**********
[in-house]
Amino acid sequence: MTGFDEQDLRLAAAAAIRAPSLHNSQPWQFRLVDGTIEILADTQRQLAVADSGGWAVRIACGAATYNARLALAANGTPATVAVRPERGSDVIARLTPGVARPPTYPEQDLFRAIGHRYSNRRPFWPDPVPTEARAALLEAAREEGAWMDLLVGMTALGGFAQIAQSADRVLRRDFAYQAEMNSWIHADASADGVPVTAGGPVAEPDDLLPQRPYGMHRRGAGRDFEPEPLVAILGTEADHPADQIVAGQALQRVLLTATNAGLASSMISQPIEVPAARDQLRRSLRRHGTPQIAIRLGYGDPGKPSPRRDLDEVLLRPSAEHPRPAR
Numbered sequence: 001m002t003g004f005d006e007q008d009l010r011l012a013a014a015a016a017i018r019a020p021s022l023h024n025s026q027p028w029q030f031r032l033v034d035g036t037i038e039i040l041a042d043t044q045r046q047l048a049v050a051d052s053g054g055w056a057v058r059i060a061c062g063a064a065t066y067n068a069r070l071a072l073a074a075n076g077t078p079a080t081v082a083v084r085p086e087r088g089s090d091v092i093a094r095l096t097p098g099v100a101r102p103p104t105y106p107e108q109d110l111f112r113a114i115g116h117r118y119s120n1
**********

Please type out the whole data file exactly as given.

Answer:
[in-house]
Amino acid sequence: MTGFDEQDLRLAAAAAIRAPSLHNSQPWQFRLVDGTIEILADTQRQLAVADSGGWAVRIACGAATYNARLALAANGTPATVAVRPERGSDVIARLTPGVARPPTYPEQDLFRAIGHRYSNRRPFWPDPVPTEARAALLEAAREEGAWMDLLVGMTALGGFAQIAQSADRVLRRDFAYQAEMNSWIHADASADGVPVTAGGPVAEPDDLLPQRPYGMHRRGAGRDFEPEPLVAILGTEADHPADQIVAGQALQRVLLTATNAGLASSMISQPIEVPAARDQLRRSLRRHGTPQIAIRLGYGDPGKPSPRRDLDEVLLRPSAEHPRPAR
Numbered sequence: 001m002t003g004f005d006e007q008d009l010r011l012a013a014a015a016a017i018r019a020p021s022l023h024n025s026q027p028w029q030f031r032l033v034d035g036t037i038e039i040l041a042d043t044q045r046q047l048a049v050a051d052s053g054g055w056a057v058r059i060a061c062g063a064a065t066y067n068a069r070l071a072l073a074a075n076g077t078p079a080t081v082a083v084r085p086e087r088g089s090d091v092i093a094r095l096t097p098g099v100a101r102p103p104t105y106p107e108q109d110l111f112r113a114i115g116h117r118y119s120n1